ACL Live Review: Shame

Sunday morning songs of (post-punk) praise

“Fuckin’ hell it’s hot out t’day,” ventured Charlie Steen, squinting into Sunday’s noonday sun. Later, the Shame vocalist added, “We’re English. We’re not used to the sunshine.”

Photo by David Brendan Hall

As such, Steen ensured that the group’s second American festival appearance turned into a communion of sweat. Tossing his shirt scrawled in Sharpie with the revealing claim “not angry” onto the stage floor, winning a wrestling match with his microphone, hopping down to the stage’s lower riser, and hoarsely chanting “closer and closer and closer and closer” before striking a crucifixion pose, the frontman put on a show.

Steen elicits the loudest applauses not while singing, but when he surveys the audience with arms out, palms up, as if asking, “Are you with me?” On the final day from the first weekend of ACL Fest, some 300 people showed up early to spend their lunch hour with Shame. That proved an exceptionally appropriate time to hear tracks off the quintet’s Dead Oceans-issued debut Songs of Praise.

“And I hope that you hear me,” the crowd chanted while Steen pumped his mic stand like a baton on “Concrete,” a track that equally hinges on bassist John Finerty, who evinced some Angus Young DNA by staging a track meet of running and leaping during each show. Good thing he’s usually wearing athletic shorts.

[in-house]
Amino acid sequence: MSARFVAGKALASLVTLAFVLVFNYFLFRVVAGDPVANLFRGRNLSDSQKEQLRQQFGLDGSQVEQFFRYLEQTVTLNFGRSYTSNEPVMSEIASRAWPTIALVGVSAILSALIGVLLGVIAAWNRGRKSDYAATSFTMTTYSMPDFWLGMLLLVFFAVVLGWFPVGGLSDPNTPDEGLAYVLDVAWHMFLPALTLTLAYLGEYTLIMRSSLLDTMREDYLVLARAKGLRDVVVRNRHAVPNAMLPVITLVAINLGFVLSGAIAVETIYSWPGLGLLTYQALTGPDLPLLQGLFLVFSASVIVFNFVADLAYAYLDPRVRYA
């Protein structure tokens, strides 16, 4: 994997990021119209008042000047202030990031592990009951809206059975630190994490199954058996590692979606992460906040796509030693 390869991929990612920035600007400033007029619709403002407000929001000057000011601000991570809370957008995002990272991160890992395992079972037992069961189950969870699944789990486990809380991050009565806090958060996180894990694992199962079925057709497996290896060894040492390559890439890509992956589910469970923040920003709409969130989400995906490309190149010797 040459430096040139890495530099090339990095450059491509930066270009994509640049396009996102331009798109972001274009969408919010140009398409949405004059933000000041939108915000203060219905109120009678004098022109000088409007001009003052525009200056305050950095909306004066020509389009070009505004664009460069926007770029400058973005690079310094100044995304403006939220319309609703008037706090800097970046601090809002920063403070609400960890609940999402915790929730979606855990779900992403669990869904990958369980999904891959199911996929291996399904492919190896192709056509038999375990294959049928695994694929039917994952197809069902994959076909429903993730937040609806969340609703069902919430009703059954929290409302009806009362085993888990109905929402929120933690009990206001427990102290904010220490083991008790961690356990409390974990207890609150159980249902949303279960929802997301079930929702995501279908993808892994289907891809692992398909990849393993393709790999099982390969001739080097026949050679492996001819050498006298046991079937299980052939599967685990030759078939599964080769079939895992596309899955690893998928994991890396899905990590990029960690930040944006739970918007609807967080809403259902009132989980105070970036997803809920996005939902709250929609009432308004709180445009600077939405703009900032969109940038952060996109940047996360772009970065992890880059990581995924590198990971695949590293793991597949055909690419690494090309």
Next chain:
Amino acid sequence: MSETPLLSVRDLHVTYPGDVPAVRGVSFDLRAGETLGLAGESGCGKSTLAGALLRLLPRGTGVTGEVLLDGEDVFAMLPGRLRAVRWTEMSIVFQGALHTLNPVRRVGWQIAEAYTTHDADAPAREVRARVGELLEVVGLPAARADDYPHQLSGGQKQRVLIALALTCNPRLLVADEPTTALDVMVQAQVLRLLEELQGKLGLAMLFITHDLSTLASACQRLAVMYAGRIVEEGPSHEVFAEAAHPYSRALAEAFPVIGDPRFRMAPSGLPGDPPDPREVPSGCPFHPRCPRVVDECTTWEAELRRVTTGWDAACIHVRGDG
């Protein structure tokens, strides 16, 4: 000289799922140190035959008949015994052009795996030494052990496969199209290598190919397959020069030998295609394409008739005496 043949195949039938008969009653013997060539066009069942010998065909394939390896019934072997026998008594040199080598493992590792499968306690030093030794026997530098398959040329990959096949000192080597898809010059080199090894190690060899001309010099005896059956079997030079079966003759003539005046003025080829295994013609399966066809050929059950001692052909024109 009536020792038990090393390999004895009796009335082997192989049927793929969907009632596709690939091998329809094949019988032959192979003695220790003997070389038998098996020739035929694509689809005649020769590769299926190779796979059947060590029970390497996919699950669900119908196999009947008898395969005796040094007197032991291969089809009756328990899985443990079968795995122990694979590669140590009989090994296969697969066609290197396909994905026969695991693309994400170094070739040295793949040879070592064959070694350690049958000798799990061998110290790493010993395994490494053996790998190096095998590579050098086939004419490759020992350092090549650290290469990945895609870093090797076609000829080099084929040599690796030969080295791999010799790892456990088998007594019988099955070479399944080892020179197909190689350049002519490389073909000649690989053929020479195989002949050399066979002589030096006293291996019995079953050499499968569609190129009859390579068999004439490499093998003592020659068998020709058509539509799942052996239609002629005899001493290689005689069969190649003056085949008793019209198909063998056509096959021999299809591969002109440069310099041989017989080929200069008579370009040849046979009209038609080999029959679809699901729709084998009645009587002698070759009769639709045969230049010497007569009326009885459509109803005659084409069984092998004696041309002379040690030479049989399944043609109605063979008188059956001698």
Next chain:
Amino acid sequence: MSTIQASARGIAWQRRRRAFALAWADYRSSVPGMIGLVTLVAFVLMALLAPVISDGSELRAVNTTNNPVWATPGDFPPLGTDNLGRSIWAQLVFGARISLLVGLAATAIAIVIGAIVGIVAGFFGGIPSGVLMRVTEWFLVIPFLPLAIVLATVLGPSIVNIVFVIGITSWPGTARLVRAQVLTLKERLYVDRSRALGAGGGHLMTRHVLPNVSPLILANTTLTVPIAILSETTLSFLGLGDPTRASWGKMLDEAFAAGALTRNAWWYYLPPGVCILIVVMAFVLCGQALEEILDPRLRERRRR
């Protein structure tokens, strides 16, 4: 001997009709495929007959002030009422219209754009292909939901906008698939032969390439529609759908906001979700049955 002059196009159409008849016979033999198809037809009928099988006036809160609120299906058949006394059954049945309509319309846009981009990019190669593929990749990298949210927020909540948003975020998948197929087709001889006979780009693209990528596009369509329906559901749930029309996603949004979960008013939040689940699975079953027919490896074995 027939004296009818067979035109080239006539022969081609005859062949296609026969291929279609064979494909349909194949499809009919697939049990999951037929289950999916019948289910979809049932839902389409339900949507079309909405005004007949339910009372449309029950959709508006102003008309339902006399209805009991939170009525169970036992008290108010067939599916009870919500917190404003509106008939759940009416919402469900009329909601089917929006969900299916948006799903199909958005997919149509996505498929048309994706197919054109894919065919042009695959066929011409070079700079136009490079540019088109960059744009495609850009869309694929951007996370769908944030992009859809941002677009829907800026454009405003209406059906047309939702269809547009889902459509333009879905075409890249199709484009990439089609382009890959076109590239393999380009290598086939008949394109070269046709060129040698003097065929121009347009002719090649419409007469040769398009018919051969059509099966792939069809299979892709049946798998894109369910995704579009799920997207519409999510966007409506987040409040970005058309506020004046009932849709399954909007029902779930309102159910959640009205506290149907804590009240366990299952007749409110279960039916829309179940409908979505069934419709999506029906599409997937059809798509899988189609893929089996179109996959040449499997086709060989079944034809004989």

Offsetting guitar pillars Eddie Green and Sean Coyle-Smith don’t play jagged power chords. Rather, they specialize in swelling progressions where subtle lead melodies bleed out, notably on highlight “One Rizla.” Its opening stanza is as good a summary of Shame as any: “My nails ain't manicured/ My voice ain’t the best you’ve heard/ And you can choose to hate my words/ But do I give a fuck?”

Flying in the face of post-punk’s typified cold and aloof nature, Shame engages behind lads eager to fulfill their stated purpose: to entertain. They did so, too, despite the midday heat and a performance that occurred only 11 hours after they’d gotten offstage from the previous night’s show at Barracuda. With their 40-minute Zilker Park set culminating in Steen lashing his microphone cable to a mass chant of “I like you better when you’re not around,” the young London fivesome left ACL Fest wanting more.

Too bad, they’re weekend-one-only.

Check out our daily ACL coverage with previews, reviews, interviews, photos, and more.

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KEYWORDS FOR THIS POST

Shame, ACL Fest 2018, ACL Music Fest 2018, Charlie Steen, Eddie Green, Sean Coyle-Smith, John Finerty, Barracuda

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